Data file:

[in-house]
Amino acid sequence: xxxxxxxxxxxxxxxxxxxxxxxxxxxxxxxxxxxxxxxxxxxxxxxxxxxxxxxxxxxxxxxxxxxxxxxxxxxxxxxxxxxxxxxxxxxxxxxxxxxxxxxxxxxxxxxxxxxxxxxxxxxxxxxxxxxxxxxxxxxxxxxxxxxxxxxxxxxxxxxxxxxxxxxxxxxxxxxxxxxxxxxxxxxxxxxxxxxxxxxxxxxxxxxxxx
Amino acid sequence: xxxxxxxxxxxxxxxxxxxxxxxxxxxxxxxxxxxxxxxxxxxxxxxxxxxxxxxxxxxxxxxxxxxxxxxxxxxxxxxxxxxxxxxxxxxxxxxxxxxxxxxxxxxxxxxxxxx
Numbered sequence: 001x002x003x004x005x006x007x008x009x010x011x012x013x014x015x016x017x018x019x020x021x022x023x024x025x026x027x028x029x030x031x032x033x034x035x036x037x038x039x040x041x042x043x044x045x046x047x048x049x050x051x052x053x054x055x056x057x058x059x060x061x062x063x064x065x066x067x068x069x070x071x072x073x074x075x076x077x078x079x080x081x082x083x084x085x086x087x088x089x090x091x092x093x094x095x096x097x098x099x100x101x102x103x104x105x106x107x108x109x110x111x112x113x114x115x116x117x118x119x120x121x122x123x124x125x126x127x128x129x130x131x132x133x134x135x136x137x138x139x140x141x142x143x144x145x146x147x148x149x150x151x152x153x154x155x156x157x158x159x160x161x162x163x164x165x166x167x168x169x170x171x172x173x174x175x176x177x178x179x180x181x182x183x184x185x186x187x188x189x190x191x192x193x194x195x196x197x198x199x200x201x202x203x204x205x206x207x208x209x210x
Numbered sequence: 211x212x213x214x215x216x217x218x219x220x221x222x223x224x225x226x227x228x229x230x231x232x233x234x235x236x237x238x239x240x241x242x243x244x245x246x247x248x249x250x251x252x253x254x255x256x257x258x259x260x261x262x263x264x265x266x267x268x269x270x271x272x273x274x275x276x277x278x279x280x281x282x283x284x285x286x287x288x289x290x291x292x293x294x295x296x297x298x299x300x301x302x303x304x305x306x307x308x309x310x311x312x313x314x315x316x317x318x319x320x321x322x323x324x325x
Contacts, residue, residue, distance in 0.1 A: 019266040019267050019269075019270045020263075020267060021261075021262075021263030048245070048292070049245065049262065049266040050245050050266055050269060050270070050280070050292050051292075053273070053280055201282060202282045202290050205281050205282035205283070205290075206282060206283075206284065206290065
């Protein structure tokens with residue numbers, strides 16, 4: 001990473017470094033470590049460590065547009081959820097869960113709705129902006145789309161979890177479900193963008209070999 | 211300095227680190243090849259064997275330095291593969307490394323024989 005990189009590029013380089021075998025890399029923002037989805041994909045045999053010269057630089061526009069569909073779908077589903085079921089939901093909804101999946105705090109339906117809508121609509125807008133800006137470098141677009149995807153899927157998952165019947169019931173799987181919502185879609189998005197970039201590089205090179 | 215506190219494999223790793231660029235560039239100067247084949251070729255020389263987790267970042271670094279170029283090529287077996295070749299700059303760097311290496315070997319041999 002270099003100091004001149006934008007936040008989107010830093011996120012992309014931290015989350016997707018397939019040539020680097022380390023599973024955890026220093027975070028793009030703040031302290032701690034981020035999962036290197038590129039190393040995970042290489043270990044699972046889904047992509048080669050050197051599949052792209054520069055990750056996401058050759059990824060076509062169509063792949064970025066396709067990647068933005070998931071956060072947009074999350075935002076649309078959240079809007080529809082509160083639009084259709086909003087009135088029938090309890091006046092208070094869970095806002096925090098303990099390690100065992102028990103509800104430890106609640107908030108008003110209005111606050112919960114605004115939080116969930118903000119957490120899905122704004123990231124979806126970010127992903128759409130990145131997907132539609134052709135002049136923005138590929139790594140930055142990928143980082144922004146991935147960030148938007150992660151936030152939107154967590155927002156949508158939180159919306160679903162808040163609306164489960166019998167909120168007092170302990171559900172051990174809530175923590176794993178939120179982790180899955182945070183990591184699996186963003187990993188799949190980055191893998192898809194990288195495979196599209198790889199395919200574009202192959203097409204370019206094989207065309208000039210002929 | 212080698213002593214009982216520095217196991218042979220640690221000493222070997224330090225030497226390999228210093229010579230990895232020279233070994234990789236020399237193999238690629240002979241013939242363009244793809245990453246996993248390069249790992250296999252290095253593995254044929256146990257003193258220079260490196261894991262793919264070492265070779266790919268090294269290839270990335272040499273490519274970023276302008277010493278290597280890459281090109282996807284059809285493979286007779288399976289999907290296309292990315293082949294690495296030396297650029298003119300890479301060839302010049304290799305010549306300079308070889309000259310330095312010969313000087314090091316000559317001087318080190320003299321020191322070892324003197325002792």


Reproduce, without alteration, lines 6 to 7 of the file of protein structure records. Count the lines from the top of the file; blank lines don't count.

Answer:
Contacts, residue, residue, distance in 0.1 A: 019266040019267050019269075019270045020263075020267060021261075021262075021263030048245070048292070049245065049262065049266040050245050050266055050269060050270070050280070050292050051292075053273070053280055201282060202282045202290050205281050205282035205283070205290075206282060206283075206284065206290065
């Protein structure tokens with residue numbers, strides 16, 4: 001990473017470094033470590049460590065547009081959820097869960113709705129902006145789309161979890177479900193963008209070999 | 211300095227680190243090849259064997275330095291593969307490394323024989 005990189009590029013380089021075998025890399029923002037989805041994909045045999053010269057630089061526009069569909073779908077589903085079921089939901093909804101999946105705090109339906117809508121609509125807008133800006137470098141677009149995807153899927157998952165019947169019931173799987181919502185879609189998005197970039201590089205090179 | 215506190219494999223790793231660029235560039239100067247084949251070729255020389263987790267970042271670094279170029283090529287077996295070749299700059303760097311290496315070997319041999 002270099003100091004001149006934008007936040008989107010830093011996120012992309014931290015989350016997707018397939019040539020680097022380390023599973024955890026220093027975070028793009030703040031302290032701690034981020035999962036290197038590129039190393040995970042290489043270990044699972046889904047992509048080669050050197051599949052792209054520069055990750056996401058050759059990824060076509062169509063792949064970025066396709067990647068933005070998931071956060072947009074999350075935002076649309078959240079809007080529809082509160083639009084259709086909003087009135088029938090309890091006046092208070094869970095806002096925090098303990099390690100065992102028990103509800104430890106609640107908030108008003110209005111606050112919960114605004115939080116969930118903000119957490120899905122704004123990231124979806126970010127992903128759409130990145131997907132539609134052709135002049136923005138590929139790594140930055142990928143980082144922004146991935147960030148938007150992660151936030152939107154967590155927002156949508158939180159919306160679903162808040163609306164489960166019998167909120168007092170302990171559900172051990174809530175923590176794993178939120179982790180899955182945070183990591184699996186963003187990993188799949190980055191893998192898809194990288195495979196599209198790889199395919200574009202192959203097409204370019206094989207065309208000039210002929 | 212080698213002593214009982216520095217196991218042979220640690221000493222070997224330090225030497226390999228210093229010579230990895232020279233070994234990789236020399237193999238690629240002979241013939242363009244793809245990453246996993248390069249790992250296999252290095253593995254044929256146990257003193258220079260490196261894991262793919264070492265070779266790919268090294269290839270990335272040499273490519274970023276302008277010493278290597280890459281090109282996807284059809285493979286007779288399976289999907290296309292990315293082949294690495296030396297650029298003119300890479301060839302010049304290799305010549306300079308070889309000259310330095312010969313000087314090091316000559317001087318080190320003299321020191322070892324003197325002792």